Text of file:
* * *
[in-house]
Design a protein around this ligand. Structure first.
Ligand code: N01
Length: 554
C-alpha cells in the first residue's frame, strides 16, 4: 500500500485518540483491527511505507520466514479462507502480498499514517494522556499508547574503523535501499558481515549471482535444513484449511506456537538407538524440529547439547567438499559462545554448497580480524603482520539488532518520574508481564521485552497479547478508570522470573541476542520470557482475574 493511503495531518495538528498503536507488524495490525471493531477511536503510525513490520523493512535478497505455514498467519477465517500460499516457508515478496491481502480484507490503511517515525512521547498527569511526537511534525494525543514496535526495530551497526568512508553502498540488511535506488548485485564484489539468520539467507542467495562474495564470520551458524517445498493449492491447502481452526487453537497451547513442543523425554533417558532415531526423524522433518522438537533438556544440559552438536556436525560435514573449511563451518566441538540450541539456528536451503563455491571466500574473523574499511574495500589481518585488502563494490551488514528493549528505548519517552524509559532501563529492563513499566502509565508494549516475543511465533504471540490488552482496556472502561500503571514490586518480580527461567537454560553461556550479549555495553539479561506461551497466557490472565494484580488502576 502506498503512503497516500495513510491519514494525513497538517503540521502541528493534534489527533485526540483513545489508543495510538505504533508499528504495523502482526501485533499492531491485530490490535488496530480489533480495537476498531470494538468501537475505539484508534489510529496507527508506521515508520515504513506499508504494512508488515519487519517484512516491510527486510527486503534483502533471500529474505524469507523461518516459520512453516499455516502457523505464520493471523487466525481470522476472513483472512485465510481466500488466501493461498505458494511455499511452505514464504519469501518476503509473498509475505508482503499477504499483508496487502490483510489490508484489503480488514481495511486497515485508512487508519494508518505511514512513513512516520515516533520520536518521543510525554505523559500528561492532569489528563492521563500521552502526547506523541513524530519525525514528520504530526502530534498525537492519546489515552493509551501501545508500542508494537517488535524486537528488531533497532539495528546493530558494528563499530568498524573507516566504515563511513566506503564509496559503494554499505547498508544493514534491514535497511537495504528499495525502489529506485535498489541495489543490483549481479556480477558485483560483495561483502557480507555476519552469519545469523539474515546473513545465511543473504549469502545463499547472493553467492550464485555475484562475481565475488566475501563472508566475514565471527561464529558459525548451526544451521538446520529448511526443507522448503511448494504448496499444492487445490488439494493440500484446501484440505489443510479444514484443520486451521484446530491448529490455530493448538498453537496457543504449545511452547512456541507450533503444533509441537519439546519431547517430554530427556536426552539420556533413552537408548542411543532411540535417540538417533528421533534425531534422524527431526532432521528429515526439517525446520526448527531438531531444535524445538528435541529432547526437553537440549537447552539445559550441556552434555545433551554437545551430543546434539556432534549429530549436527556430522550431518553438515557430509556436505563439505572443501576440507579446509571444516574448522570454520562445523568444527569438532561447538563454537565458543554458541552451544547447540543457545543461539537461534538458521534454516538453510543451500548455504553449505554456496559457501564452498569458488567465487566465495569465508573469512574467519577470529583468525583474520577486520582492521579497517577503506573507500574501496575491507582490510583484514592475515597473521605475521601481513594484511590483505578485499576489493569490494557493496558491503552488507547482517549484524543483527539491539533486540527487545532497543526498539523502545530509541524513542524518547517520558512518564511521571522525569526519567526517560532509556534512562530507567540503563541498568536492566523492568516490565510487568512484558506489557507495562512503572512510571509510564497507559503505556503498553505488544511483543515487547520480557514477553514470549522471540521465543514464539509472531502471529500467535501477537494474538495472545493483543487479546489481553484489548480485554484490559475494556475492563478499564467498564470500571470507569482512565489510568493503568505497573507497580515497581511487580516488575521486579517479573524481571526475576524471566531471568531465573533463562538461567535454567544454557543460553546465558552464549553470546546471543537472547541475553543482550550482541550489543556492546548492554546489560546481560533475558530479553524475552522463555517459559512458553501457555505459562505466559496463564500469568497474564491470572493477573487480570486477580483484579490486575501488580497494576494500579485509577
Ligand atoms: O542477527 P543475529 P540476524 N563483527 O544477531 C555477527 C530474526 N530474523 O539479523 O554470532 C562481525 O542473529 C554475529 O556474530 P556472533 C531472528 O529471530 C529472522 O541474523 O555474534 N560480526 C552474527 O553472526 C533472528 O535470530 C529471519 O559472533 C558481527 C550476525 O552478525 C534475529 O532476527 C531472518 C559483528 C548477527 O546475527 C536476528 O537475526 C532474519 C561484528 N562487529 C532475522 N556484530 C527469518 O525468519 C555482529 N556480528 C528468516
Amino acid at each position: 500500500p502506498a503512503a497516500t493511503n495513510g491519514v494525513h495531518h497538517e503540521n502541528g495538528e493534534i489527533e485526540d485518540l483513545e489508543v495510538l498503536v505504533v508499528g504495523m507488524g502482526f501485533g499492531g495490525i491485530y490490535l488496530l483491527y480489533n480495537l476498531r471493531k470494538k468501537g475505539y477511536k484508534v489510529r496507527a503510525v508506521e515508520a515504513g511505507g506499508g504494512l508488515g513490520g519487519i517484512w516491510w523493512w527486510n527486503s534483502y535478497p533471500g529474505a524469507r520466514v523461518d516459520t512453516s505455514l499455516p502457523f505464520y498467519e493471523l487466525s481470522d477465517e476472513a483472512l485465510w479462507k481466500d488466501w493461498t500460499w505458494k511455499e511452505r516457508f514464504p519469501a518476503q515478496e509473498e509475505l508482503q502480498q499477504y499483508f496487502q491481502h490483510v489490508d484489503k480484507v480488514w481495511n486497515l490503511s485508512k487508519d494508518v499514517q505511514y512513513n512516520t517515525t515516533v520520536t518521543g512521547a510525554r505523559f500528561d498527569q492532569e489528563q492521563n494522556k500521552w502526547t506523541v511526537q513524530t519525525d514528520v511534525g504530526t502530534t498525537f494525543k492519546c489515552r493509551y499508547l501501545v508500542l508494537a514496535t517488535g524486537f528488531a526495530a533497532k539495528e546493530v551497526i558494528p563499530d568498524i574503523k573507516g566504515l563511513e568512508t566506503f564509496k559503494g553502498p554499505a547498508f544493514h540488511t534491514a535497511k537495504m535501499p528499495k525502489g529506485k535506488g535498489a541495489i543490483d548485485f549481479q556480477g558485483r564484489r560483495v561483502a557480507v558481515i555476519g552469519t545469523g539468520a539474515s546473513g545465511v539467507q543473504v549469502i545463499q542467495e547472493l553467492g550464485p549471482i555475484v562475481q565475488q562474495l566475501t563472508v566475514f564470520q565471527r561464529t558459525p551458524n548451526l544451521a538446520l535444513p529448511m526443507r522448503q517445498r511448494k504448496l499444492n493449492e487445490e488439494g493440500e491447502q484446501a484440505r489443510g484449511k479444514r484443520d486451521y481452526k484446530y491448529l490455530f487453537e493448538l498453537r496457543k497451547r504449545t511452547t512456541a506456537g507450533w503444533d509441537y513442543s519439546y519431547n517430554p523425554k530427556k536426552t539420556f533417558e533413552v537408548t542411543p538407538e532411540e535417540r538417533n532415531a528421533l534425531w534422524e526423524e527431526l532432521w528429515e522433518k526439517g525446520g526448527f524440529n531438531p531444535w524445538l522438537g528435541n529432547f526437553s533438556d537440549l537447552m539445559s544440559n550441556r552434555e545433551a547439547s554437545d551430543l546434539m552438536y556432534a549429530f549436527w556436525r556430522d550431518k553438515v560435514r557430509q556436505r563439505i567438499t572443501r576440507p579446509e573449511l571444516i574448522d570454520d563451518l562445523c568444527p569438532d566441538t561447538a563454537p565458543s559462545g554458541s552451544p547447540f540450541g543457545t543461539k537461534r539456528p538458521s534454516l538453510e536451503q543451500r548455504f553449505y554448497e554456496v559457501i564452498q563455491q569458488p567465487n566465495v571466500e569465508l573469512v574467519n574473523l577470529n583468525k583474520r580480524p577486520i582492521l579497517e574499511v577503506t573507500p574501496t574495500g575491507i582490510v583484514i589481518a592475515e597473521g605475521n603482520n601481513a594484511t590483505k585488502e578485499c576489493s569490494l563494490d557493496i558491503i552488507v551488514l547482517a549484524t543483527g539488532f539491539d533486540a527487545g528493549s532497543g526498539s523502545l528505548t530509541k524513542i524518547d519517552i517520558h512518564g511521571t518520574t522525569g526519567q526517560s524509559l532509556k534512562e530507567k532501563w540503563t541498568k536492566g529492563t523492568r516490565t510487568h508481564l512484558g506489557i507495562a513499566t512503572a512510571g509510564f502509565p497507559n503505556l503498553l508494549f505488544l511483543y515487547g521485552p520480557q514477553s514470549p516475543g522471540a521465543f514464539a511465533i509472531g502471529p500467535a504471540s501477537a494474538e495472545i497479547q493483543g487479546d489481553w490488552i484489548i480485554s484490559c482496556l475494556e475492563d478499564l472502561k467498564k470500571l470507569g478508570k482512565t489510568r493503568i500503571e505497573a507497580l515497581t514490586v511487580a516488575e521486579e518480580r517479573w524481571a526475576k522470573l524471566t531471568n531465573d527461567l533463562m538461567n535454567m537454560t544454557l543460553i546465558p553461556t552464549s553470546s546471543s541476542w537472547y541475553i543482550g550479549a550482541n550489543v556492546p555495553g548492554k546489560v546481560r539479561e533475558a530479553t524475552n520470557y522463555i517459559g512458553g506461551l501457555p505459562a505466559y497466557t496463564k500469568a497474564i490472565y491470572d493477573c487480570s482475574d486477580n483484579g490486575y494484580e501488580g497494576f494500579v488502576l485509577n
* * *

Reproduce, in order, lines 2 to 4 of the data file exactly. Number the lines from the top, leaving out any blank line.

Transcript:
Design a protein around this ligand. Structure first.
Ligand code: N01
Length: 554